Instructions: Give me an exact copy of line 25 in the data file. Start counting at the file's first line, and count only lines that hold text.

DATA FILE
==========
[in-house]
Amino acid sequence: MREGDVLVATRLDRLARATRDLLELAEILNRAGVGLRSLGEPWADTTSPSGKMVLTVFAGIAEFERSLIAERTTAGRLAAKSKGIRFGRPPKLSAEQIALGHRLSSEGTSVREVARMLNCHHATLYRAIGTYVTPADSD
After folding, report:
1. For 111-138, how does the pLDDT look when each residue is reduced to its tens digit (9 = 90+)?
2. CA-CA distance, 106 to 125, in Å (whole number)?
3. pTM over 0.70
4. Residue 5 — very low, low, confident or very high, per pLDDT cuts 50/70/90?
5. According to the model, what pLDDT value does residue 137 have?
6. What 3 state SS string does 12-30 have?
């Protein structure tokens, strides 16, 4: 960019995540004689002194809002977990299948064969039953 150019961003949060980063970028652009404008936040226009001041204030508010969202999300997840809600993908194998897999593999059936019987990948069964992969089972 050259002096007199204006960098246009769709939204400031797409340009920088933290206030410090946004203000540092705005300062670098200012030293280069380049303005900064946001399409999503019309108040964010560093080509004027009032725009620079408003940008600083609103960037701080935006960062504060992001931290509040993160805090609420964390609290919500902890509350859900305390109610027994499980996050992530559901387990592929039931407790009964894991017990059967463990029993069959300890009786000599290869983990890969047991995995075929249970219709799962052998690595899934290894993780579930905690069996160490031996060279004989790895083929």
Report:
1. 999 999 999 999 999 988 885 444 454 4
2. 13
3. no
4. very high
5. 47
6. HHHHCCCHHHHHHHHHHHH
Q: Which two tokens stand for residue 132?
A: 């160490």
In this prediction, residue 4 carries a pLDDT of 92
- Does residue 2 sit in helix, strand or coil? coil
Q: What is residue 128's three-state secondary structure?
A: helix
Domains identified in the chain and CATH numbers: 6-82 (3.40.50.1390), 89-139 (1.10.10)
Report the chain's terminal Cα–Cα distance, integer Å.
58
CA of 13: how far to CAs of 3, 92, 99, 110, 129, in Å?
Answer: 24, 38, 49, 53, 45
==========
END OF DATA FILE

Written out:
Report the chain's terminal Cα–Cα distance, integer Å.